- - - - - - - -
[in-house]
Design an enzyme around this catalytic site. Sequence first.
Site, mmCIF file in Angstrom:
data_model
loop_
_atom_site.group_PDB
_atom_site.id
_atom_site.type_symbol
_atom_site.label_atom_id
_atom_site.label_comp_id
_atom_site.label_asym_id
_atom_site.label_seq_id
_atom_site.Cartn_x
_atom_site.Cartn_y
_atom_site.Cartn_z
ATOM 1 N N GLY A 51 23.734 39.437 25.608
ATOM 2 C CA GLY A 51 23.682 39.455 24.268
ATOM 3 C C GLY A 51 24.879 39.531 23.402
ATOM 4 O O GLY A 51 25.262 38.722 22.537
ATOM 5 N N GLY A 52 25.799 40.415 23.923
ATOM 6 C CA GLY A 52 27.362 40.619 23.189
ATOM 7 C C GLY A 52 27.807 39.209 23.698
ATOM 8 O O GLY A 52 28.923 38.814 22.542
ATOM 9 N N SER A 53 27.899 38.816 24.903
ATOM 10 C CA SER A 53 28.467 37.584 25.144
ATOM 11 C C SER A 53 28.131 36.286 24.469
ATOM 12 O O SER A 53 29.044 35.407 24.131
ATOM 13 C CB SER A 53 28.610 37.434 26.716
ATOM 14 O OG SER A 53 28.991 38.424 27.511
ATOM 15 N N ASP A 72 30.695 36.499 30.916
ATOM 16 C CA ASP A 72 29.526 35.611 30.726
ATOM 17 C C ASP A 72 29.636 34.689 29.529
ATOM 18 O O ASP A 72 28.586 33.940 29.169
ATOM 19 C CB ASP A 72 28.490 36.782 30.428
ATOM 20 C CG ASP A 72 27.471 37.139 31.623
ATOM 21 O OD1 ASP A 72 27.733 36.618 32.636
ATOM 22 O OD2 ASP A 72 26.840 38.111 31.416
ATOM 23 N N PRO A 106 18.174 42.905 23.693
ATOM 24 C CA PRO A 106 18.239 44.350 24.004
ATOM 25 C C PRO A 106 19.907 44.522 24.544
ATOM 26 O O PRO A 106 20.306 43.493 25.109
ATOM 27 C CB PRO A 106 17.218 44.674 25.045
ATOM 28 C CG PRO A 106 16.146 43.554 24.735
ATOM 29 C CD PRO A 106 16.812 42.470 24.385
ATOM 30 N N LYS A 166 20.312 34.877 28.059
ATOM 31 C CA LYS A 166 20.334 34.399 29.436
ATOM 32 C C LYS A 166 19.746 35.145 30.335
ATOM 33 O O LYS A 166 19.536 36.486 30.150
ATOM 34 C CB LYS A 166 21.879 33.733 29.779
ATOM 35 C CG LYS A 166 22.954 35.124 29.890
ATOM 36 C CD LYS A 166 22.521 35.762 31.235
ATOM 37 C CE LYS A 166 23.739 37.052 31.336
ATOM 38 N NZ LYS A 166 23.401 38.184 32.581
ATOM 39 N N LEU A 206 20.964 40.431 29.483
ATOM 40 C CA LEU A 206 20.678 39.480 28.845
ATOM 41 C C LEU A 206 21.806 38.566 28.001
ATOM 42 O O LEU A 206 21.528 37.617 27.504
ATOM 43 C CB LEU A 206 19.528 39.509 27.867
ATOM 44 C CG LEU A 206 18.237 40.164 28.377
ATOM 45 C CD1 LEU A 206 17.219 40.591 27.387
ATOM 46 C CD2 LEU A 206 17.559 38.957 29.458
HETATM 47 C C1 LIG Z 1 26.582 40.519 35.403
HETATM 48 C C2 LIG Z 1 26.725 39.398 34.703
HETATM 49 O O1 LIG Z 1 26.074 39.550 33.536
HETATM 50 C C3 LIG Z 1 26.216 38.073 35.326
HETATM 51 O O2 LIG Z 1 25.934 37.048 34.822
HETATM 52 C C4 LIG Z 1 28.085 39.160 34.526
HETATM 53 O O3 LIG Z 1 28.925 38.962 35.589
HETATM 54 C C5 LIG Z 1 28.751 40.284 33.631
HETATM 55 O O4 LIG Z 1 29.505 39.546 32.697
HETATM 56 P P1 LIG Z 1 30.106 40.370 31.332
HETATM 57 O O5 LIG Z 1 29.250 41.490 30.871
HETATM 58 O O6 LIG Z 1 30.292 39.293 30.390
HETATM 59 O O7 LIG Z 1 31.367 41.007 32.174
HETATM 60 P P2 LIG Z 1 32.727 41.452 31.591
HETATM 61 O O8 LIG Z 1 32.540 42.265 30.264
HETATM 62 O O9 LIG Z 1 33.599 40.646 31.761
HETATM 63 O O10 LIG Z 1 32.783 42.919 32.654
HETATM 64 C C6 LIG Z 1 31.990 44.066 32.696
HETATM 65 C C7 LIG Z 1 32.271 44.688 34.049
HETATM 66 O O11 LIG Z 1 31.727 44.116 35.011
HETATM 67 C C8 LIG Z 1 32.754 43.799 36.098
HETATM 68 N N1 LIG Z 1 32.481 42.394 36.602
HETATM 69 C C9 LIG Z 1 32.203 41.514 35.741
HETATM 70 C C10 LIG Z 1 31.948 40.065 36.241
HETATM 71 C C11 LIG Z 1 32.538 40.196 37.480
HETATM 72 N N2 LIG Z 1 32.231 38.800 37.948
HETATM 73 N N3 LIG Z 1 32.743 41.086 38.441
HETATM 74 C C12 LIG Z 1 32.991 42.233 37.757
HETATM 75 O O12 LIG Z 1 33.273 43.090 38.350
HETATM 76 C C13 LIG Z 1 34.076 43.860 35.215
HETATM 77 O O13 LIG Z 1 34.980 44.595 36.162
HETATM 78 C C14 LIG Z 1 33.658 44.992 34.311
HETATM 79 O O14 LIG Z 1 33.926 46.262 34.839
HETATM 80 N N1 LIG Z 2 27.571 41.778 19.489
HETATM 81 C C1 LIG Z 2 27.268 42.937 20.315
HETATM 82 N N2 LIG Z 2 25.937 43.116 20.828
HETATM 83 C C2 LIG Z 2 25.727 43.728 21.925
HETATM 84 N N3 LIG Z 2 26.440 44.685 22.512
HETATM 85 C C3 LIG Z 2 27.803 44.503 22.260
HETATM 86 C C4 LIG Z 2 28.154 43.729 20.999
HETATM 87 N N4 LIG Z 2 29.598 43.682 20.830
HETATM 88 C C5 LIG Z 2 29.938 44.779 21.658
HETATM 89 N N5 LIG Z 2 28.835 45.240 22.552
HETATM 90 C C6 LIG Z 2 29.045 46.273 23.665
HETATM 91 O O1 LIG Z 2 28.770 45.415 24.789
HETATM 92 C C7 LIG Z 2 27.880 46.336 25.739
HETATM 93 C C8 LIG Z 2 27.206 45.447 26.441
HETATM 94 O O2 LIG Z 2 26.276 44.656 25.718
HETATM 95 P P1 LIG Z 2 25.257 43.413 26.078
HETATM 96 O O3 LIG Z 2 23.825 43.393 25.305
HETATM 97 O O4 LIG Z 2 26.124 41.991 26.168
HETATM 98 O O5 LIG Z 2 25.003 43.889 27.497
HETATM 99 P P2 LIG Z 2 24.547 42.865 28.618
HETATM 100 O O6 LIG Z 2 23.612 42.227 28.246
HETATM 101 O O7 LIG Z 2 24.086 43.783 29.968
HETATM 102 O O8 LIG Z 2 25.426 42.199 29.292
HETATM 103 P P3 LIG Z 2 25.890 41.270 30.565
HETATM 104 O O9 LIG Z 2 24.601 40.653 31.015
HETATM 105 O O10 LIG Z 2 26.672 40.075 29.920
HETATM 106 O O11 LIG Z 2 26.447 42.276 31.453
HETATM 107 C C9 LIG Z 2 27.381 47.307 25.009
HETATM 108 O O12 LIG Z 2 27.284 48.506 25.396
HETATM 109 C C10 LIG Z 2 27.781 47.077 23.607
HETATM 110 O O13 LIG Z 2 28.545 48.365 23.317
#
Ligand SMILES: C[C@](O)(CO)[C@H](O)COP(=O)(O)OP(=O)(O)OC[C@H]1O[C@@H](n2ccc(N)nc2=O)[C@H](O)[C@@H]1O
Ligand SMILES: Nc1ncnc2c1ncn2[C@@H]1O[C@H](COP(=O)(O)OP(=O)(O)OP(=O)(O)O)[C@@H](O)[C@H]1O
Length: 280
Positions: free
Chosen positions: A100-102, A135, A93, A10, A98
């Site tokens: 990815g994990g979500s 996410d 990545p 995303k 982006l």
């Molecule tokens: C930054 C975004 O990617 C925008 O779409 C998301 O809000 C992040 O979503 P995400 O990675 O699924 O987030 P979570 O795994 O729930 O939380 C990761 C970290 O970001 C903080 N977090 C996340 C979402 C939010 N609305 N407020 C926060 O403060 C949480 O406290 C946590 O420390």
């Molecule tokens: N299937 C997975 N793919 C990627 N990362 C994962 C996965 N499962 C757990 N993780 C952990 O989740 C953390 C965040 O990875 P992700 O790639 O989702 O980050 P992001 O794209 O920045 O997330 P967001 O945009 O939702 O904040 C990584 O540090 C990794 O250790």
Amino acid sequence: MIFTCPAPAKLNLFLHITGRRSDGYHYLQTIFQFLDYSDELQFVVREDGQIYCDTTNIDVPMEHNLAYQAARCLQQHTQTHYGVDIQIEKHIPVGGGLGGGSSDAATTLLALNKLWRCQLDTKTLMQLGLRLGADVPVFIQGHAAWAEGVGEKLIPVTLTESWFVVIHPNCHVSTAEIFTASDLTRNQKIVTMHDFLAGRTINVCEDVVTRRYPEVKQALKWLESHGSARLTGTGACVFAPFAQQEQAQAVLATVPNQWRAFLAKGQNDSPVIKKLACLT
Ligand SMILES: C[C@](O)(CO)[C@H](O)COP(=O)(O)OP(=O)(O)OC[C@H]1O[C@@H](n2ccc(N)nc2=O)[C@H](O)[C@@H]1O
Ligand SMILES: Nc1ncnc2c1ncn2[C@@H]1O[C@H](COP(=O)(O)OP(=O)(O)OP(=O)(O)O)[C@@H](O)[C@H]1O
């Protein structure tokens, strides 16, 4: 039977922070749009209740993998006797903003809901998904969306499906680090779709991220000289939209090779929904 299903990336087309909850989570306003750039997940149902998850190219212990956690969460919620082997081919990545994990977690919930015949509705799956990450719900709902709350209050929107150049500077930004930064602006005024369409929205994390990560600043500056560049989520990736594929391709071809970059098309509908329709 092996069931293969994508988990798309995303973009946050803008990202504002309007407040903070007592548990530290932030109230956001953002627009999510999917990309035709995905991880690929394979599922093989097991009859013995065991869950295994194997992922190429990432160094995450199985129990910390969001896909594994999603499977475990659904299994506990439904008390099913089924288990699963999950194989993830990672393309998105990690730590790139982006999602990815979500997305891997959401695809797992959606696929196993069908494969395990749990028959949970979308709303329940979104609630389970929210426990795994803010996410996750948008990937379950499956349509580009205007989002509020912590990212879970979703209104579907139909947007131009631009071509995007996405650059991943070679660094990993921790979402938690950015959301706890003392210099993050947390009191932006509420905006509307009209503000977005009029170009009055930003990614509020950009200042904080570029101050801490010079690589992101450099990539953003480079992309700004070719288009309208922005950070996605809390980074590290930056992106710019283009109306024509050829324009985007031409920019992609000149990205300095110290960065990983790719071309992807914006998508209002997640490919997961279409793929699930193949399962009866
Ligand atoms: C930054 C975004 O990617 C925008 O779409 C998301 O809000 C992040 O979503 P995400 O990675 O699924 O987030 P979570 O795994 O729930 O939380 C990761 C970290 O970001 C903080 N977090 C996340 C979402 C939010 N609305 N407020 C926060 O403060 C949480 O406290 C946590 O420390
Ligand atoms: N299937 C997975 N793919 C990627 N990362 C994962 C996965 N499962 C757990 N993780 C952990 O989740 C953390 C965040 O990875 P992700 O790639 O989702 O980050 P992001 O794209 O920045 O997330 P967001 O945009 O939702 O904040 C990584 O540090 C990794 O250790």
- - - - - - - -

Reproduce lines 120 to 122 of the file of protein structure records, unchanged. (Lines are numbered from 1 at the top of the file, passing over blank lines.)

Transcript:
HETATM 105 O O10 LIG Z 2 26.672 40.075 29.920
HETATM 106 O O11 LIG Z 2 26.447 42.276 31.453
HETATM 107 C C9 LIG Z 2 27.381 47.307 25.009